How does shrub encroachment fundamentally change mammal communities

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Farley-Lehmer 1, Tamika, Penman 2, Trent, McCarthy 3 Michael and Pascoe 4, Jack
1 School of Agriculture, Food and Ecosystem Science, University of Melbourne, Victoria, 3052


Tamika Farley-Lehmer (she/her) began working in the fire space as a forest firefighter in 2019, before moving into fire ecology. In her ecologist role, she focussed on implementing science-based burning regimes in the Otways region with the Conservation Ecology Centre. She collaborated on various projects studying the relationships between fire, plants and animals, including animal movement, predator and prey interactions, habitat utilisation, and post-fire plant responses. This experience ignited her passion for applied landscape ecology, particularly in the context of active fire management and ecological responses to fire disturbance. Starting in 2023, she continues to explore this ongoing research as part of her PhD. Her research employs fieldwork and modelling techniques to understand how fire management decisions influence the ecological structure and function of natural systems.

Irregular autumn burns and bushfires promote woody-shrub encroachment, a phenomenon observed globally.

Some present-day Victorian shrublands were once graminoid-dominated and managed through Indigenous burning practices prior to European colonization. This suggests that changing fire regimes may shift ecosystems between vegetation states. Recognising these transitions is crucial, as they may impact habitat structure, resource availability, and predation risk for ground-dwelling mammals.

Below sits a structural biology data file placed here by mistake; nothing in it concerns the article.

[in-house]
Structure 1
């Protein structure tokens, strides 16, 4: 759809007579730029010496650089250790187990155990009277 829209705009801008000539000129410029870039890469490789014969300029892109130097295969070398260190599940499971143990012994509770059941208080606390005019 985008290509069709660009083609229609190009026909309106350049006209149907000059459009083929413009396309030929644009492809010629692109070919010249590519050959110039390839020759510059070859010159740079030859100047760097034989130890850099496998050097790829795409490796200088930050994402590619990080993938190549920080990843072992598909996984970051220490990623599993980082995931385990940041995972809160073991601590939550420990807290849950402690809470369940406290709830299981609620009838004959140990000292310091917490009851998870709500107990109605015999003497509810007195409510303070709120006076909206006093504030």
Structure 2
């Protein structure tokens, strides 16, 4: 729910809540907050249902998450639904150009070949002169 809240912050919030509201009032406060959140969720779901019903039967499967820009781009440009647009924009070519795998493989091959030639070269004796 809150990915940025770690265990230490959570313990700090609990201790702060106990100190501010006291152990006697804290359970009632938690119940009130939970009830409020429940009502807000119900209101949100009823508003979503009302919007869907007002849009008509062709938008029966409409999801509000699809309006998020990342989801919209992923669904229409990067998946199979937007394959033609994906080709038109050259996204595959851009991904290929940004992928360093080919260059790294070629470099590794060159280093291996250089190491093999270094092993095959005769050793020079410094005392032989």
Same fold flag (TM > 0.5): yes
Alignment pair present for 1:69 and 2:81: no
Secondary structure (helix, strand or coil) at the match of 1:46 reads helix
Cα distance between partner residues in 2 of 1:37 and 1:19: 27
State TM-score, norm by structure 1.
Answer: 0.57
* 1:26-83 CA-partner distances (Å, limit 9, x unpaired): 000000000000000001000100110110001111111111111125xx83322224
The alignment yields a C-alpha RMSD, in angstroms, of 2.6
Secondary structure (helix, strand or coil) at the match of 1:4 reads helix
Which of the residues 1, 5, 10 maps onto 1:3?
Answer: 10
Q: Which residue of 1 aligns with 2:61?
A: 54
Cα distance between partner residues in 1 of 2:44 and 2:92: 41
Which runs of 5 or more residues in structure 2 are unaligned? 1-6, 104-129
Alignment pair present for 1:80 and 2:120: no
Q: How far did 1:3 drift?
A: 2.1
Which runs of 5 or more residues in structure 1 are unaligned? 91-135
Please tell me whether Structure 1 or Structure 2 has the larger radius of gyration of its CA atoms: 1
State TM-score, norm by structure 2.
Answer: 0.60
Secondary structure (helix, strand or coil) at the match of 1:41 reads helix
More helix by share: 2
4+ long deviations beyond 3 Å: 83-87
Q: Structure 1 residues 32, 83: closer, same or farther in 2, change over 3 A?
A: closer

Previous studies have examined how mammals respond to habitat structure and fire after a single fire event. However, little research has explored the long-term changes in vegetation communities due to altered fire regimes and their consequent impacts on mammal communities.

To address this gap, we aim to link ground-dwelling mammal species occupancy and activity to habitat structure, and habitat structure to shrub encroachment in a wet heathland system.

Our goal is to understand how these different vegetation states, resulting from varying fire regimes, influence mammal communities. For instance, the wet heathlands east of Cape Conran, Victoria, were burnt by the 2020 bushfires. Despite the same time-since-fire, these landscapes vary between shrubdominated and graminoid-dominated areas. We anticipate that these vegetation states will drastically alter habitat structure and function, thereby influencing the mammal community.

Currently, the biodiversity cost of transitioning from graminoid-dominated to shrub-dominated systems is understudied. Therefore, understanding the desired distribution of possible vegetation states across a landscape to enhance faunal diversity is vital for developing conservation-minded burning regimes.